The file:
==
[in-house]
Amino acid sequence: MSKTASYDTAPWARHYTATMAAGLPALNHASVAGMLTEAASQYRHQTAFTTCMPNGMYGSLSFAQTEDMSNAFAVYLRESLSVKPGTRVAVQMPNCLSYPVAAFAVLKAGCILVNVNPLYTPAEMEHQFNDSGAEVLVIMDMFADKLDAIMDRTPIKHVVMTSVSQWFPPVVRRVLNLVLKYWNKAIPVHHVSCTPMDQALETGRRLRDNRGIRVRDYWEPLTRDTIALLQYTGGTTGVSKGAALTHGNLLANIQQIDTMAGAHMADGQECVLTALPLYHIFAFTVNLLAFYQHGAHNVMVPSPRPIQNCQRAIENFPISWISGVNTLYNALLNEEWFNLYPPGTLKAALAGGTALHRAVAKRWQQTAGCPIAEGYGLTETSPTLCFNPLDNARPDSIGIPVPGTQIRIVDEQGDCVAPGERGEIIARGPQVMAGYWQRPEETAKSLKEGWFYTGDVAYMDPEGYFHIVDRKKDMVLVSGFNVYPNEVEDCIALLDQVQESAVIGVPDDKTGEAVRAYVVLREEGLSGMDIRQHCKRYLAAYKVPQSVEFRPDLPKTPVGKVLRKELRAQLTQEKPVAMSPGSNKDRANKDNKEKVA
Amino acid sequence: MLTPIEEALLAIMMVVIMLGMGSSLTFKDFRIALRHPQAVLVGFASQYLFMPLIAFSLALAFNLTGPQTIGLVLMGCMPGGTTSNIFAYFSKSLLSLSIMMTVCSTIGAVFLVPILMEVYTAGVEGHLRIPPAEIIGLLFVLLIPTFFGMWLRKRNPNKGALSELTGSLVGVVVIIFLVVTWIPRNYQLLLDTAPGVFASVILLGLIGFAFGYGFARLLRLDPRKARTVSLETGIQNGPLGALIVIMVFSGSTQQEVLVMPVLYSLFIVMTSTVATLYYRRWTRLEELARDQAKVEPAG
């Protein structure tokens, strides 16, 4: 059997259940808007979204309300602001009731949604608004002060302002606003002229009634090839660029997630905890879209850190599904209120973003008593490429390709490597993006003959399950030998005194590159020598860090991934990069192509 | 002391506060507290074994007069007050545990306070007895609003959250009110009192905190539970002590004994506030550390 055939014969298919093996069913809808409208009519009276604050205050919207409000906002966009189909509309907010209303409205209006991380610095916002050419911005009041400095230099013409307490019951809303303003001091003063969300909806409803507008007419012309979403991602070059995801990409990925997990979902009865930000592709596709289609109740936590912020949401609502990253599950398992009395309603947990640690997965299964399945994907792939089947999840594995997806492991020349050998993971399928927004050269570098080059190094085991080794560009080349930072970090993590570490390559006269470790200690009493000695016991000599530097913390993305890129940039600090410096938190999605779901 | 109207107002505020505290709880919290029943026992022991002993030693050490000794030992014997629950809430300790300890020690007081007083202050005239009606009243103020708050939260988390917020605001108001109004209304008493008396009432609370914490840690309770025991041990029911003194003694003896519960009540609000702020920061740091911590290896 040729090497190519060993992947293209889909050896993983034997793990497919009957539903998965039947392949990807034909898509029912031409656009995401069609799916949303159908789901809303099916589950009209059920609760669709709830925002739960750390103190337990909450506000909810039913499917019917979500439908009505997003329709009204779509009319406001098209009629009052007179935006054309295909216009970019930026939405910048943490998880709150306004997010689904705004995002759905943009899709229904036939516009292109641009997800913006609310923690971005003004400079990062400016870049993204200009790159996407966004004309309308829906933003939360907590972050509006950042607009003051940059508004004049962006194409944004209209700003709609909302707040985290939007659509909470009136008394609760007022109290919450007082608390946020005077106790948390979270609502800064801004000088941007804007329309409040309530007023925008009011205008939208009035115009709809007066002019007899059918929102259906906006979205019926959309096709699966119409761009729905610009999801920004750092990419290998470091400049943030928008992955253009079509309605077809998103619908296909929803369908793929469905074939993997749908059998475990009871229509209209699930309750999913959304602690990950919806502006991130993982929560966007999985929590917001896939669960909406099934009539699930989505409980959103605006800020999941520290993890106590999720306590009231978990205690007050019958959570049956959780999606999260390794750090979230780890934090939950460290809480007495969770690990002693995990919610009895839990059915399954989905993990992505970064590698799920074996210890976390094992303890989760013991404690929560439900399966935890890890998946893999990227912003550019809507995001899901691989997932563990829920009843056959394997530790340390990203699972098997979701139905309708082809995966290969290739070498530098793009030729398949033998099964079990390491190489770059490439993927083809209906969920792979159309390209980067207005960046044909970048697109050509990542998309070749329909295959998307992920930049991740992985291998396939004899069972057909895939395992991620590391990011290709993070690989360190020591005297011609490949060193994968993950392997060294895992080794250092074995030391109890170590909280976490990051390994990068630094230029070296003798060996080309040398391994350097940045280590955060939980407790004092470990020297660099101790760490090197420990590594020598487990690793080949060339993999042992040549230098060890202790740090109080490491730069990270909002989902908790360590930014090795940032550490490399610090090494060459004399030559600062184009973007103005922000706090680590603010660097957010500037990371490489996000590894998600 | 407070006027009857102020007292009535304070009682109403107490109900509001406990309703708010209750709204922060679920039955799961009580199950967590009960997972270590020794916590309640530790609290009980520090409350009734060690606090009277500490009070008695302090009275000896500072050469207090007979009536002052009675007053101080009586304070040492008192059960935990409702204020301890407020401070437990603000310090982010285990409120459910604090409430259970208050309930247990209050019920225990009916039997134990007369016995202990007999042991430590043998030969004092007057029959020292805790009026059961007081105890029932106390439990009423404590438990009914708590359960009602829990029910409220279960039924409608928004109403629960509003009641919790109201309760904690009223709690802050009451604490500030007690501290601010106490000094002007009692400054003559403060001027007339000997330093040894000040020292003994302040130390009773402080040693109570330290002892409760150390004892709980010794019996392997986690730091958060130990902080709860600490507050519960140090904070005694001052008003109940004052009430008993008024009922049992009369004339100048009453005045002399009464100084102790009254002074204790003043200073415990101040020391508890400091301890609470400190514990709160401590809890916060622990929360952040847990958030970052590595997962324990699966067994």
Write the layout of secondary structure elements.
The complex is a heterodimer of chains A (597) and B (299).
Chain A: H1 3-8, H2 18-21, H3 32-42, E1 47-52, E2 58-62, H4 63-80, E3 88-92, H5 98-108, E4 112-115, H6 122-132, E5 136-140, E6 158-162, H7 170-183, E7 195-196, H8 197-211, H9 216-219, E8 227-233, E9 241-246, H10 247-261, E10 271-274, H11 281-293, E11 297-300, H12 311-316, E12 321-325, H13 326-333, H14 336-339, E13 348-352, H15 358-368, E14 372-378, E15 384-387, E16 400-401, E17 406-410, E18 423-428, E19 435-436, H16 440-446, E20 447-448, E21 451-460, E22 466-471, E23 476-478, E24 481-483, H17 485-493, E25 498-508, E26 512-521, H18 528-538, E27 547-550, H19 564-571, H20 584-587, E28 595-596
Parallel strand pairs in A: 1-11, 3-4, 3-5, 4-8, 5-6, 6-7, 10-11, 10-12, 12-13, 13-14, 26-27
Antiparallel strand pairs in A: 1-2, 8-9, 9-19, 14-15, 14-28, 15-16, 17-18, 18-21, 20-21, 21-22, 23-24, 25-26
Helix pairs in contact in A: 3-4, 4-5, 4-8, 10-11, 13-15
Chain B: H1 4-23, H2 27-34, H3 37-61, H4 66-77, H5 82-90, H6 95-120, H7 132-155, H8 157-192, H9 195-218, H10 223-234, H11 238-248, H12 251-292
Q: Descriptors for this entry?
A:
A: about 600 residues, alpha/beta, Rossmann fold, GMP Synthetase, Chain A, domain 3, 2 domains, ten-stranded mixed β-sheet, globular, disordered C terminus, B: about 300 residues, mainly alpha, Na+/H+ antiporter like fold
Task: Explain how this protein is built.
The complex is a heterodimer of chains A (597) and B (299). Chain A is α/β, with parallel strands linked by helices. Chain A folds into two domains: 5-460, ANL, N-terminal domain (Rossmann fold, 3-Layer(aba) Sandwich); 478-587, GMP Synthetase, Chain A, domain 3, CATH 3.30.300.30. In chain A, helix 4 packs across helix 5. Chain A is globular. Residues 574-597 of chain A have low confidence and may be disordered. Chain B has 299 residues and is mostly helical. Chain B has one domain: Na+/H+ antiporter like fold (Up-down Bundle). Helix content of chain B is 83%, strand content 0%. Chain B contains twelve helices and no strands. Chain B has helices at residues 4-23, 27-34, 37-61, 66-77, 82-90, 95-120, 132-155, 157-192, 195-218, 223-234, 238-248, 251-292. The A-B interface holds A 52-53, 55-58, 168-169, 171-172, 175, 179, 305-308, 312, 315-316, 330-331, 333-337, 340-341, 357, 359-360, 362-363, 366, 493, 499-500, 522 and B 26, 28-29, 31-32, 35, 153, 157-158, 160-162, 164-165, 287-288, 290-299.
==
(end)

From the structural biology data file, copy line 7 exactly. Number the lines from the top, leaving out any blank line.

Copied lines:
Chain A: H1 3-8, H2 18-21, H3 32-42, E1 47-52, E2 58-62, H4 63-80, E3 88-92, H5 98-108, E4 112-115, H6 122-132, E5 136-140, E6 158-162, H7 170-183, E7 195-196, H8 197-211, H9 216-219, E8 227-233, E9 241-246, H10 247-261, E10 271-274, H11 281-293, E11 297-300, H12 311-316, E12 321-325, H13 326-333, H14 336-339, E13 348-352, H15 358-368, E14 372-378, E15 384-387, E16 400-401, E17 406-410, E18 423-428, E19 435-436, H16 440-446, E20 447-448, E21 451-460, E22 466-471, E23 476-478, E24 481-483, H17 485-493, E25 498-508, E26 512-521, H18 528-538, E27 547-550, H19 564-571, H20 584-587, E28 595-596